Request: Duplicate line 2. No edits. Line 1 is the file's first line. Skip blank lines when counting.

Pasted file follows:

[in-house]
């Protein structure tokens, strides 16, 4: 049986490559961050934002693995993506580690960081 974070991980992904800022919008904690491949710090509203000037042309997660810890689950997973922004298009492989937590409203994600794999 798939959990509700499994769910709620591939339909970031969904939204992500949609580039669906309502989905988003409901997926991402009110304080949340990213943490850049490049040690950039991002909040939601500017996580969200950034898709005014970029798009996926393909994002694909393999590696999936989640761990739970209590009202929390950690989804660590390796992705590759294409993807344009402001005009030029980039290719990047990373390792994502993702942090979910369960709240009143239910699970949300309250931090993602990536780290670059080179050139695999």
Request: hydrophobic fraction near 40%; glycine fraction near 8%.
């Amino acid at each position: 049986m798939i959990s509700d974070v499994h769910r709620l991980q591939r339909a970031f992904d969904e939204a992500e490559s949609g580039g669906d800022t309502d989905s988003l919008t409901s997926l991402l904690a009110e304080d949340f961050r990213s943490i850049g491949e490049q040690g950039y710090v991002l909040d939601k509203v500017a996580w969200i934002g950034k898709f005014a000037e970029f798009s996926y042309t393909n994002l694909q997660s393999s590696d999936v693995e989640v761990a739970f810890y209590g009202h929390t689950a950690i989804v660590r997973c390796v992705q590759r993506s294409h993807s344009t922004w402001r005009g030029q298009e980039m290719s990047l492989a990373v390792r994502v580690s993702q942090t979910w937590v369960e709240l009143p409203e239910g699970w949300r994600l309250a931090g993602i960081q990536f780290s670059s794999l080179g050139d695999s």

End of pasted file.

């Protein structure tokens, strides 16, 4: 049986490559961050934002693995993506580690960081 974070991980992904800022919008904690491949710090509203000037042309997660810890689950997973922004298009492989937590409203994600794999 798939959990509700499994769910709620591939339909970031969904939204992500949609580039669906309502989905988003409901997926991402009110304080949340990213943490850049490049040690950039991002909040939601500017996580969200950034898709005014970029798009996926393909994002694909393999590696999936989640761990739970209590009202929390950690989804660590390796992705590759294409993807344009402001005009030029980039290719990047990373390792994502993702942090979910369960709240009143239910699970949300309250931090993602990536780290670059080179050139695999």